Engulfed as I had been in Ken and his world, I had been in danger of forgetting something very important: Dr Samuel Johnson’s dictum that one must keep one’s friendships in constant repair.  Now, uncertainly at first, for I had neglected some long-standing friends for what seemed like a long time, I made connections again, and people were kind enough to welcome me back. (p..222)

[I did this myself, neglecting my friends when I was preoccupied with visiting my father every day during the last year of his life.  Yes, good friends understand, but still…]

Beyond Words is a wise and thoughtful book: highly recommended.

For other reviews and interviews with the author, visit Jacqueline Kent’s website here.

Author: Jacqueline Kent
Title: Beyond Words, a Year with Kenneth Cook
Publisher: UQP (University of Queensland Press), 2019, 256 pages
ISBN: 9780702260391
Review copy courtesy of UQP

Available from Fishpond: Beyond Words: A Year with Kenneth Cook; direct from UQP and all good bookshops.



  1. I’m glad they were happy, though I think happiness sometimes makes for boring writing. But, an Australia consisting of Sydney and the east coast? Even if that’s where everyone is, the Idea of Australia is of a huge empty desert continent. How could a literary person not internalize that? And I’m glad they made it to Narromine, it’s not quite the outback but it’s definitely on the right side of the Blue Mountains.

    Liked by 1 person

    • Oh dear, I have to confess that I feel much the same as she did, without the excuse of being back in the 1980s. I have no desire whatsoever to see the outback…


      • I’d be happy if no one visited the Outback! But that feeling that there is a great emptiness ‘out there’ is a constant presence in Oz Lit and in our view of ourselves – or don’t you think so?


        • I don’t think it’s empty, I just don’t think there’s anything there to interest me. I know that there are people who love wilderness and isolated places, deserts and mountains – my mother did, for one. But the only kind of isolation I like is on an ocean liner, I love having wild seas around me or that vast expanse of blue sea and sky. Unfortunately, modern cruising has ruined the whole idea of that.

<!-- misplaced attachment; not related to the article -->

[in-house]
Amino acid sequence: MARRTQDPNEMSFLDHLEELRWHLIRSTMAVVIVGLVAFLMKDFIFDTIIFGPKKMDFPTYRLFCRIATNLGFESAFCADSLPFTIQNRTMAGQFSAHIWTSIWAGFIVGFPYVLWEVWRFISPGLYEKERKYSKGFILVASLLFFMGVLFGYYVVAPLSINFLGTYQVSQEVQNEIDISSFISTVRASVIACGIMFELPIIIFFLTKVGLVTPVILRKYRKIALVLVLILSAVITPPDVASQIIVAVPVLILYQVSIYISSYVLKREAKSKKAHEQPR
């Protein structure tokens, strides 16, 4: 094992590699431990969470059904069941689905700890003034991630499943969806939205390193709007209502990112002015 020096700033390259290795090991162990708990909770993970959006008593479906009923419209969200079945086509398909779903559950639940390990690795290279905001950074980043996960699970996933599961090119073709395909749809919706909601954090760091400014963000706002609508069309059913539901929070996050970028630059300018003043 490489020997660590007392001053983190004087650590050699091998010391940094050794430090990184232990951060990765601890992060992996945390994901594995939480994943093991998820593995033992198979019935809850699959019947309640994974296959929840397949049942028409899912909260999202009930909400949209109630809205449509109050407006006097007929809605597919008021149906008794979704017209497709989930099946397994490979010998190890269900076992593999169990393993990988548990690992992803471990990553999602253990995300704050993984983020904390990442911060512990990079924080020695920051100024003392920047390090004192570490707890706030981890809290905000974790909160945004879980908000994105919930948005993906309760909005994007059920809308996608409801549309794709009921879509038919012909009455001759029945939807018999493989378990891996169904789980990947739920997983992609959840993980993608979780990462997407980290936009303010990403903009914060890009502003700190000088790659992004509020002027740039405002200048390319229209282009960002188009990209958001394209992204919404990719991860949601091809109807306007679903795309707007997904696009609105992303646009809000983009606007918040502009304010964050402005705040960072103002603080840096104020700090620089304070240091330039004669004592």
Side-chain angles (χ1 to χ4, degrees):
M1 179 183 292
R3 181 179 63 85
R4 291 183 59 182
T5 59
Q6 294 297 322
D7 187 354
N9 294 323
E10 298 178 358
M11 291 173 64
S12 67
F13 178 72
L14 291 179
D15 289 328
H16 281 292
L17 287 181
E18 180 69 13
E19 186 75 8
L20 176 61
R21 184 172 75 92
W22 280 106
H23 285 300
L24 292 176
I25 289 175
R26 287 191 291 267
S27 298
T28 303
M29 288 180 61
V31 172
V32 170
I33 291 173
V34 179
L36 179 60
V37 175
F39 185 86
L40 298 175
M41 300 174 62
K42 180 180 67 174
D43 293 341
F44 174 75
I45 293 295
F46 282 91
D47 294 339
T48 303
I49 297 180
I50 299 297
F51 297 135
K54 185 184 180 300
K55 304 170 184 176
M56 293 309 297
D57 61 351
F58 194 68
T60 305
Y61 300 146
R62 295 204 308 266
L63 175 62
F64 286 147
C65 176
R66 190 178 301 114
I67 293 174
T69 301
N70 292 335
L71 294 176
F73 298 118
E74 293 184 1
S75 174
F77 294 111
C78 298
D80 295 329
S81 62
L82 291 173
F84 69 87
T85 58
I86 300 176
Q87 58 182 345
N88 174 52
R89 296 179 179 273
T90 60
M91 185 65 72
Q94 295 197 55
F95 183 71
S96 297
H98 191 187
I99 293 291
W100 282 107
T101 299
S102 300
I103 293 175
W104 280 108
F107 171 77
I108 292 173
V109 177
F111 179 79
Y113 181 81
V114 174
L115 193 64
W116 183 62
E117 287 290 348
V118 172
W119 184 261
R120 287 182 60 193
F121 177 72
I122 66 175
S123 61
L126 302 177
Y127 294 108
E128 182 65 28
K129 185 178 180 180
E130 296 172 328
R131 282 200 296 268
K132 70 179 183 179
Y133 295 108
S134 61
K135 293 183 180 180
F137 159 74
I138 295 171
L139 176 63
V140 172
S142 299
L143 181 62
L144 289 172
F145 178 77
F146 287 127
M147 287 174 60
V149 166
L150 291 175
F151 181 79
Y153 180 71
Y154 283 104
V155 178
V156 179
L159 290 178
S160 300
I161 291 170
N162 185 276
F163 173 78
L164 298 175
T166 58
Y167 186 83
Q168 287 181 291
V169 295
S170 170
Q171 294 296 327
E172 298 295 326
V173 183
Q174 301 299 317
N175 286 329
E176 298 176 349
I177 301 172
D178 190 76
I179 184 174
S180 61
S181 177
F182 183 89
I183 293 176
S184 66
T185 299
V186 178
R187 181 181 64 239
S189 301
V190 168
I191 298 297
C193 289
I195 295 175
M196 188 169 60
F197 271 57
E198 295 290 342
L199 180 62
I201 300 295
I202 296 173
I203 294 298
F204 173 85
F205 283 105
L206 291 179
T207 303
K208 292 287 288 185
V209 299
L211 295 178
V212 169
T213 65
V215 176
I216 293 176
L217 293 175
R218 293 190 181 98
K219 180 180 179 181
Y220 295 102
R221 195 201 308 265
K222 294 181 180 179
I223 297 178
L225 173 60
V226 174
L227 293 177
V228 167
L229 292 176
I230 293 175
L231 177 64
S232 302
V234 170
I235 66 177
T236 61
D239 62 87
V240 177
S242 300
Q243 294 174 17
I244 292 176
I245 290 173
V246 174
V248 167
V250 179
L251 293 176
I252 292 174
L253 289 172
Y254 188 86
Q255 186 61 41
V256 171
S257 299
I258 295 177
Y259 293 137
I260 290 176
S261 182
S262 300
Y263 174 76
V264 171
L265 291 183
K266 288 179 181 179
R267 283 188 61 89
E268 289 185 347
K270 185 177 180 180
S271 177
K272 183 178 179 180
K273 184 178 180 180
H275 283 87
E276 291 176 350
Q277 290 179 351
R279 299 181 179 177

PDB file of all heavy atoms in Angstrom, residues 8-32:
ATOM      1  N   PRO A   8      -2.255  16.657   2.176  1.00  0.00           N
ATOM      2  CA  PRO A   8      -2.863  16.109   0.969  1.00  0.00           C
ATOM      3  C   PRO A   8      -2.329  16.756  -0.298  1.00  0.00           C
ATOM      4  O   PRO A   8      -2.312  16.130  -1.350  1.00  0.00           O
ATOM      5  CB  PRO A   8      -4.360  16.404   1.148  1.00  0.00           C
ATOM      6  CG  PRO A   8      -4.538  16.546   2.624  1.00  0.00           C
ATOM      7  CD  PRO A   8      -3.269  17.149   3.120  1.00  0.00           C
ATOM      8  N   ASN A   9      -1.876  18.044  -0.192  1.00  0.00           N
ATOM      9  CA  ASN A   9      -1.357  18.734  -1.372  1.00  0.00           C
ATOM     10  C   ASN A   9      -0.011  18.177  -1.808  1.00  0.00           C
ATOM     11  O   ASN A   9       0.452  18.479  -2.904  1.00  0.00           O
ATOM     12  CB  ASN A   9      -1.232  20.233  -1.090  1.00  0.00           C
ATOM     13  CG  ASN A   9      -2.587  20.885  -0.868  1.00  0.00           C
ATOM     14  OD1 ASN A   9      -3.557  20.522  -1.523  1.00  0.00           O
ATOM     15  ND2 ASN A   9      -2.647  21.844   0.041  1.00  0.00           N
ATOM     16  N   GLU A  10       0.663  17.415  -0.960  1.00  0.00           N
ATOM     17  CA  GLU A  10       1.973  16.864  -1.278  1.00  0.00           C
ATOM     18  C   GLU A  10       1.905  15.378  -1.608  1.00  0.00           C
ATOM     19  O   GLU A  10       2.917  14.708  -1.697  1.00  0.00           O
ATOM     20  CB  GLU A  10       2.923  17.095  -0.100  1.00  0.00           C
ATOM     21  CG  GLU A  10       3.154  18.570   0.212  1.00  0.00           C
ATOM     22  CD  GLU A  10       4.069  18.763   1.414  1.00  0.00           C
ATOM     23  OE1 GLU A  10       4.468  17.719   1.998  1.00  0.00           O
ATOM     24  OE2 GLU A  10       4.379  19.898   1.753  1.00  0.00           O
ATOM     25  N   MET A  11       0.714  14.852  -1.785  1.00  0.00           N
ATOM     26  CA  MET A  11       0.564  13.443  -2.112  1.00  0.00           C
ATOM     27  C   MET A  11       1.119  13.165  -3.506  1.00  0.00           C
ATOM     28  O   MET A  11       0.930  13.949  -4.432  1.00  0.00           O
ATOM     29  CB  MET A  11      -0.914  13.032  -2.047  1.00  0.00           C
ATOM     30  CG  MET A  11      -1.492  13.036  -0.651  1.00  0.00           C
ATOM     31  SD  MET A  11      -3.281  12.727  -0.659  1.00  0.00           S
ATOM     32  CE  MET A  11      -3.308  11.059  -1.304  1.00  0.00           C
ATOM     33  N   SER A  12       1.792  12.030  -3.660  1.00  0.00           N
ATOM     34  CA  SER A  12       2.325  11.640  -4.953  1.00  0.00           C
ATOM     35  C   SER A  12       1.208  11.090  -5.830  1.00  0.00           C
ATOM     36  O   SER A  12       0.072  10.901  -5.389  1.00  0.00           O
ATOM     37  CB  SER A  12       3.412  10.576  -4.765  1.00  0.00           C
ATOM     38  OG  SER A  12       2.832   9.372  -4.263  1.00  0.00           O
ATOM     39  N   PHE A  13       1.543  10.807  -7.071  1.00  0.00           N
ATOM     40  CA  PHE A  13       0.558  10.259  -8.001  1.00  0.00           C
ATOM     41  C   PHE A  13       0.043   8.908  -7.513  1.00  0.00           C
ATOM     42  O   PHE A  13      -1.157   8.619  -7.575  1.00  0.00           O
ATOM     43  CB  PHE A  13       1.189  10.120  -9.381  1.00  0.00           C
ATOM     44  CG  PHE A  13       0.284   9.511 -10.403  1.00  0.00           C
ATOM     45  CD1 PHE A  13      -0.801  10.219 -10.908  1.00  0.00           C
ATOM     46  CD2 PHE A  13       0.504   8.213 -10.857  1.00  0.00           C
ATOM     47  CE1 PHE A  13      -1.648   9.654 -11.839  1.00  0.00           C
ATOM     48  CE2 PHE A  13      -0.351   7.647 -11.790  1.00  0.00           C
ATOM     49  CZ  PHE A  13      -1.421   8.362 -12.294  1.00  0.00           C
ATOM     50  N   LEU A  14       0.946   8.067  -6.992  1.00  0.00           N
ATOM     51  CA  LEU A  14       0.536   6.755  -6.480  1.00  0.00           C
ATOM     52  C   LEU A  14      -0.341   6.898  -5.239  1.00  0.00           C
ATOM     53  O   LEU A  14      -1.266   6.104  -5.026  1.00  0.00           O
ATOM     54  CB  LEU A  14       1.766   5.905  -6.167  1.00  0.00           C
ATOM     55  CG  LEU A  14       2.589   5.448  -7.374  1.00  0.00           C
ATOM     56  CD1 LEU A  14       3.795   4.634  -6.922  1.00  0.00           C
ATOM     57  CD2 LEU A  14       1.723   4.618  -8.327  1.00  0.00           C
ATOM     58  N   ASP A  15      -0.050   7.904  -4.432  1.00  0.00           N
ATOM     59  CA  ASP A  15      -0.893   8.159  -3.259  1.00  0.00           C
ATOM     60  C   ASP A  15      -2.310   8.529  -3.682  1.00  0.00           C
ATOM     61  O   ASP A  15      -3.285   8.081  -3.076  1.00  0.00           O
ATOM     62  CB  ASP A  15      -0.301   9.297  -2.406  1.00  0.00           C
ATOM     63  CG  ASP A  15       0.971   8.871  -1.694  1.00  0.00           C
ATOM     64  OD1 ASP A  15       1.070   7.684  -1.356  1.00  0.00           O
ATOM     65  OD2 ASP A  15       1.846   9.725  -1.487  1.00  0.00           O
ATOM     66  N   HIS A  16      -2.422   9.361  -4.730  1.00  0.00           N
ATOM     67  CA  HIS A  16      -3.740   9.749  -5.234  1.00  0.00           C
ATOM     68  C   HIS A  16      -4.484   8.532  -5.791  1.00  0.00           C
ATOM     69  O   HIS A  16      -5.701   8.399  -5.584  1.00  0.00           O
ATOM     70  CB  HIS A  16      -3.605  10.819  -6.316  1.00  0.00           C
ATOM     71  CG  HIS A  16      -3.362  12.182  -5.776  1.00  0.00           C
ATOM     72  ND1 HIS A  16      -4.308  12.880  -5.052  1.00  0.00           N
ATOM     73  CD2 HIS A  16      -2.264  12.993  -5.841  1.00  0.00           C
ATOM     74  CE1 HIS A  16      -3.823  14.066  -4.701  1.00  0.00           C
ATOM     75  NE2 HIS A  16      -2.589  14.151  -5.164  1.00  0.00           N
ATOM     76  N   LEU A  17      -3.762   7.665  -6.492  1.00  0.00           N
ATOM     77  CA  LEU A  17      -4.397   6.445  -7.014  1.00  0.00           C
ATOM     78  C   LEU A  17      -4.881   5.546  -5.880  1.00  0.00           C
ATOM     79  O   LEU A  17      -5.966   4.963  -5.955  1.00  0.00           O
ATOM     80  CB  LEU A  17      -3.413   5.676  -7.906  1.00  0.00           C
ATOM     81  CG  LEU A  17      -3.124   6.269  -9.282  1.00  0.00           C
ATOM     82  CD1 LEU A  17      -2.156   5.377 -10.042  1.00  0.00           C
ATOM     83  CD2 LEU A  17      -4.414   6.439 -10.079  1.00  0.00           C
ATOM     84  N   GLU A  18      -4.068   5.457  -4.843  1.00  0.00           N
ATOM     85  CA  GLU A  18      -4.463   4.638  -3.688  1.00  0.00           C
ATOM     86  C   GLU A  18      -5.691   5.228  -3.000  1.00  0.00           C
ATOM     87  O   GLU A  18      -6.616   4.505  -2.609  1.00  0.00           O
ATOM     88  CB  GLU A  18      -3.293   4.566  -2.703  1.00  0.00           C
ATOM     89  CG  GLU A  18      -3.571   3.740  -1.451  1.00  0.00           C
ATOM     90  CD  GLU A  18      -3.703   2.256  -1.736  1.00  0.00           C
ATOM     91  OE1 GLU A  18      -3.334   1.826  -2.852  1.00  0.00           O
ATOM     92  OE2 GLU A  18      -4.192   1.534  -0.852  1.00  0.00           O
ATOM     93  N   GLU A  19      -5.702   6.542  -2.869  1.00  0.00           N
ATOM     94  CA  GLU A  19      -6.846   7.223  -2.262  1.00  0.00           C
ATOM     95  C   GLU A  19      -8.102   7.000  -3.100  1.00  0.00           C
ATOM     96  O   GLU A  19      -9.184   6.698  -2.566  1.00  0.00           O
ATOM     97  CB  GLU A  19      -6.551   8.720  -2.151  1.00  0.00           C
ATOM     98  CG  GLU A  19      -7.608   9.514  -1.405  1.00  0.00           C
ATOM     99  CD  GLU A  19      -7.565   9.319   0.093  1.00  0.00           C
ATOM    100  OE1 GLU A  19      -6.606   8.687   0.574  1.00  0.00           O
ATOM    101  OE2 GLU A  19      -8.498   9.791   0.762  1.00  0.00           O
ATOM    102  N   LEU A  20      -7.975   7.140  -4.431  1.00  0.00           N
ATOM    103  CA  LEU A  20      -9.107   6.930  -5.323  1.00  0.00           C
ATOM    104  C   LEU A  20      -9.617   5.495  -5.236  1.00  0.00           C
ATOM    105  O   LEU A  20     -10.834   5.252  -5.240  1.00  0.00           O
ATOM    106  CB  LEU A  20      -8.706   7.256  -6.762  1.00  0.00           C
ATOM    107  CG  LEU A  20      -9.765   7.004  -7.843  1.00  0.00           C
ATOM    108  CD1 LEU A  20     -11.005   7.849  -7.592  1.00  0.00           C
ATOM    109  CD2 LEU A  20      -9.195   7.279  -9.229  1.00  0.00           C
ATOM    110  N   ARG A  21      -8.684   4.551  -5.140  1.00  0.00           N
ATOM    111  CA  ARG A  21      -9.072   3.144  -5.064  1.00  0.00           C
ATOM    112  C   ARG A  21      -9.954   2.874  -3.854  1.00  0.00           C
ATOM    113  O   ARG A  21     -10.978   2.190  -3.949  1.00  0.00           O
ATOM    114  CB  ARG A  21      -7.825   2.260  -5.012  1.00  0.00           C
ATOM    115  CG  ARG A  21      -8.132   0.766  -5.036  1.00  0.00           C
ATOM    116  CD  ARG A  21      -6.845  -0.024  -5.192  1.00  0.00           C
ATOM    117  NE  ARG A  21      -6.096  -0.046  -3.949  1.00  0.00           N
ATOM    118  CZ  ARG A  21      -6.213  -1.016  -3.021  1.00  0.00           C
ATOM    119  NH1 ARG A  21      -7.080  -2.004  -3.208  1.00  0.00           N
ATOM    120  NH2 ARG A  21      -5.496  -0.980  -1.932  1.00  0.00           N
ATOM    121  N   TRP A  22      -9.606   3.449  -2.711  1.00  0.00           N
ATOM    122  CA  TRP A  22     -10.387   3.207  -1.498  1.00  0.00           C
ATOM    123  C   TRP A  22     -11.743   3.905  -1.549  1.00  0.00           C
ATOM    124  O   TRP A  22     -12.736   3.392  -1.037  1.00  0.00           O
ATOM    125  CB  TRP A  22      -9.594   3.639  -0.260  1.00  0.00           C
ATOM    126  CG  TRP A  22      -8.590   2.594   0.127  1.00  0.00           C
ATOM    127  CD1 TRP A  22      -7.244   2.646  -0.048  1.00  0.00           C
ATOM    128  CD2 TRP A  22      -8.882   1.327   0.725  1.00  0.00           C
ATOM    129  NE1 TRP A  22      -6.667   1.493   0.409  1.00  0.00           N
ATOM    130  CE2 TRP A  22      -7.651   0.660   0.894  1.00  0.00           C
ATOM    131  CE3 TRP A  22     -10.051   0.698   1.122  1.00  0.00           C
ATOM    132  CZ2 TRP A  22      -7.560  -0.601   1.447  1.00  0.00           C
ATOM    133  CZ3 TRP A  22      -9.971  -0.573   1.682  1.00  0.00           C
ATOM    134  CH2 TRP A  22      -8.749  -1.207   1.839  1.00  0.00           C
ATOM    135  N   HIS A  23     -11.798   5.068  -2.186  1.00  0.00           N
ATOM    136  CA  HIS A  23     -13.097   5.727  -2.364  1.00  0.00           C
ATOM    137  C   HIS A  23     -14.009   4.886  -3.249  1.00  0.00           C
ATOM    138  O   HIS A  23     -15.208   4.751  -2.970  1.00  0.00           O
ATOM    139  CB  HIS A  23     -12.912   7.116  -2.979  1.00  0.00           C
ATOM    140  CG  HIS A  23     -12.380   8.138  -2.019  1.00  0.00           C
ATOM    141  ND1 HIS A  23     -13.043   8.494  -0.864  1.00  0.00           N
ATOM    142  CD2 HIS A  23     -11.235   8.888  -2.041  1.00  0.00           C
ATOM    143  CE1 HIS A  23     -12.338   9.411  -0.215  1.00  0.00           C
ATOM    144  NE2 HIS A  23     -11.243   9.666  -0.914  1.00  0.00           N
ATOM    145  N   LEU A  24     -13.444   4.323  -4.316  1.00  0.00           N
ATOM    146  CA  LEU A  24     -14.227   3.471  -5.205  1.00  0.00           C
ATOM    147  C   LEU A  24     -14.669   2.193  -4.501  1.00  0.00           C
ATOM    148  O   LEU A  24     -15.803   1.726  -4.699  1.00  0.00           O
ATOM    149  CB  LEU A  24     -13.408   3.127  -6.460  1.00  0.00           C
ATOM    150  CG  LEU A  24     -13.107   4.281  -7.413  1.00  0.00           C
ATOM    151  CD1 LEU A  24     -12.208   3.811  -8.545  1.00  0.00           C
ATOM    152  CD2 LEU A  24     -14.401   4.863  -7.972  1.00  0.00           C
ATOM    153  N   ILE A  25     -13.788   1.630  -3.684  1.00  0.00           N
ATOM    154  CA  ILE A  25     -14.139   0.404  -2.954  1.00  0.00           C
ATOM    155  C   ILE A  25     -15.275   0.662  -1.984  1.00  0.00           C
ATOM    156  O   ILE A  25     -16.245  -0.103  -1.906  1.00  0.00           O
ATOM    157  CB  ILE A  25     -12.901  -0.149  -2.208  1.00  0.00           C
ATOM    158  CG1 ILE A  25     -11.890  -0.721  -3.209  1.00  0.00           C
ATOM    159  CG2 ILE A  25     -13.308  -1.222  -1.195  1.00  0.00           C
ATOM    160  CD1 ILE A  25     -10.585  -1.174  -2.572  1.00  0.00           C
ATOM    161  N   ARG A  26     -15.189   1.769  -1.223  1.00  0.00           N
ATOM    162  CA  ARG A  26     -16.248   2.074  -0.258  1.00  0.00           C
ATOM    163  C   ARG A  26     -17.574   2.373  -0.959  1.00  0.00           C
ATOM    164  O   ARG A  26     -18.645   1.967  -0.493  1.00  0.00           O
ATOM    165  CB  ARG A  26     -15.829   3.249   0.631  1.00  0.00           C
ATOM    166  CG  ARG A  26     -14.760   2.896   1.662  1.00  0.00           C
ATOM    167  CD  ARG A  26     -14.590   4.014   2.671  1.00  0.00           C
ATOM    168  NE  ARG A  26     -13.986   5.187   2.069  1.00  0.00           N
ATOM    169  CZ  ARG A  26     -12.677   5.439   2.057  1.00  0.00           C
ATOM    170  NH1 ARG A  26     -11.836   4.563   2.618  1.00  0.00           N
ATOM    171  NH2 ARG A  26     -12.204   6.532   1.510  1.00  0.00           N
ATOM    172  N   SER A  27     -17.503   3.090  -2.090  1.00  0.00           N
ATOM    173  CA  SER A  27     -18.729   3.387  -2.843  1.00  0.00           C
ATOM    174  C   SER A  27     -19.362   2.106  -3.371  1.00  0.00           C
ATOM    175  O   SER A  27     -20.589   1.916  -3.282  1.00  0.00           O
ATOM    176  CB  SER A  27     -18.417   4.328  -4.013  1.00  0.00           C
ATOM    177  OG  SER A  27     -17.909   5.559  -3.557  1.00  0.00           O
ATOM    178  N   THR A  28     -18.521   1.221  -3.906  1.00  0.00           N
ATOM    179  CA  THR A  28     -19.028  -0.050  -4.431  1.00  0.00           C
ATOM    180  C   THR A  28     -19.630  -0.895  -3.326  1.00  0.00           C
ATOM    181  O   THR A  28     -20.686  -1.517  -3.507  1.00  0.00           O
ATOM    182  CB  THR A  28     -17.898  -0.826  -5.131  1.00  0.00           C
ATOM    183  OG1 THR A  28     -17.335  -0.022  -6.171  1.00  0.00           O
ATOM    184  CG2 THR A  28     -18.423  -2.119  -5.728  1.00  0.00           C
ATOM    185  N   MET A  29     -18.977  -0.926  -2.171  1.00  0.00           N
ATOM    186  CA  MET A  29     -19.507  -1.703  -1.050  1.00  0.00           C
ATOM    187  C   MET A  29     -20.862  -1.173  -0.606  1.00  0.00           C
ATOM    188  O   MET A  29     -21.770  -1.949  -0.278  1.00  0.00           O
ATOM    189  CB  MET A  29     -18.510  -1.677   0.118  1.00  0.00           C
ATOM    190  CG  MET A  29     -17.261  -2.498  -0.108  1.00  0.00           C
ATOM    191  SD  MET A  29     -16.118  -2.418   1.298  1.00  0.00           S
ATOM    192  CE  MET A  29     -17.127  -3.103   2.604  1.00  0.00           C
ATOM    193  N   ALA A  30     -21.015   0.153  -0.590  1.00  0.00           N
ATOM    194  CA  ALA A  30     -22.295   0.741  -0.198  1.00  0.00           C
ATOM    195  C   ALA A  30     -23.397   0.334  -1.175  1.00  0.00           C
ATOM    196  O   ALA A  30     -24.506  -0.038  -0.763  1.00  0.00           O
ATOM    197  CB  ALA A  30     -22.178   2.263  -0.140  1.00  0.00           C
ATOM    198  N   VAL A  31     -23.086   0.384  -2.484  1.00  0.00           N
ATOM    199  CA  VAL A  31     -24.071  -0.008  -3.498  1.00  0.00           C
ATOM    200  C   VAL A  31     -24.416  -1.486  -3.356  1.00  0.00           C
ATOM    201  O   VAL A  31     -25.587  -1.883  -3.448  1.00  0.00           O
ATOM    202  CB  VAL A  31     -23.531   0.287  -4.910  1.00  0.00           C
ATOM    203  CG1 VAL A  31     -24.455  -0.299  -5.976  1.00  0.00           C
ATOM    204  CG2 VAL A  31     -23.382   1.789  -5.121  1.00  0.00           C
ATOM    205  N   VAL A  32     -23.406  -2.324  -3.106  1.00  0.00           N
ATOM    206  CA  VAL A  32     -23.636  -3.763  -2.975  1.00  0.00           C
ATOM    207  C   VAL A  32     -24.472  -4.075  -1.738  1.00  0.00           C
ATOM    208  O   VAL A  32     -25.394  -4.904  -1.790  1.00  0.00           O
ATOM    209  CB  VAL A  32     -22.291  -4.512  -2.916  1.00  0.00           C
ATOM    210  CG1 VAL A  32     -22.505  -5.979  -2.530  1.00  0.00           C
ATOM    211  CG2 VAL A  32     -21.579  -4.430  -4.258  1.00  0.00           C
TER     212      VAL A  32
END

When I travel I want to see art galleries and museums and great architecture, and I want to hear foreign languages and learn about the history and culture of other places.


  2. I have never heard of Kenneth Cook…but want to read him…and about him.
    Where should I start? Read this biography first…or dive into “Wake in Fright”?
    I saw this book on a list of Greatest Australian books by Geoffrey Dutton that I came across on Brona’s Books (23.10.2013 post)


    • I think that Wake in Fright would be the best place to start. It’s dated, but it’s still powerful reading.

      Liked by 1 person

      • Just ordered it!


  3. Memoirs written by artists and regular writers can be very illuminating. Both Kent and Cook sound like interesting characters who were are worth knowing about.

    The point about friendships is very true


    • It is, isn’t it? I don’t think it happens now (I hope not), but when I was young, it was brutally often that girls would abandon their loyal girlfriends once a boyfriend was on the scene.


  4. I just started reading this last night when I have four others to finish – but I’m quite hooked!


    • Ah, I knew this one would interest you: it’s (in my experience, that is) a different kind of life writing altogether.

      Liked by 1 person

  5. I’ve read Wake in Fright (excellent but what an experience) and The Killer Koala: Humorous Australian Bush Stories (all this lethal fauna!) and his knowledge of the outback and his sense of humour are important part of his work.

    He must have been quite a character. I think of him as an Australian Jim Harrison.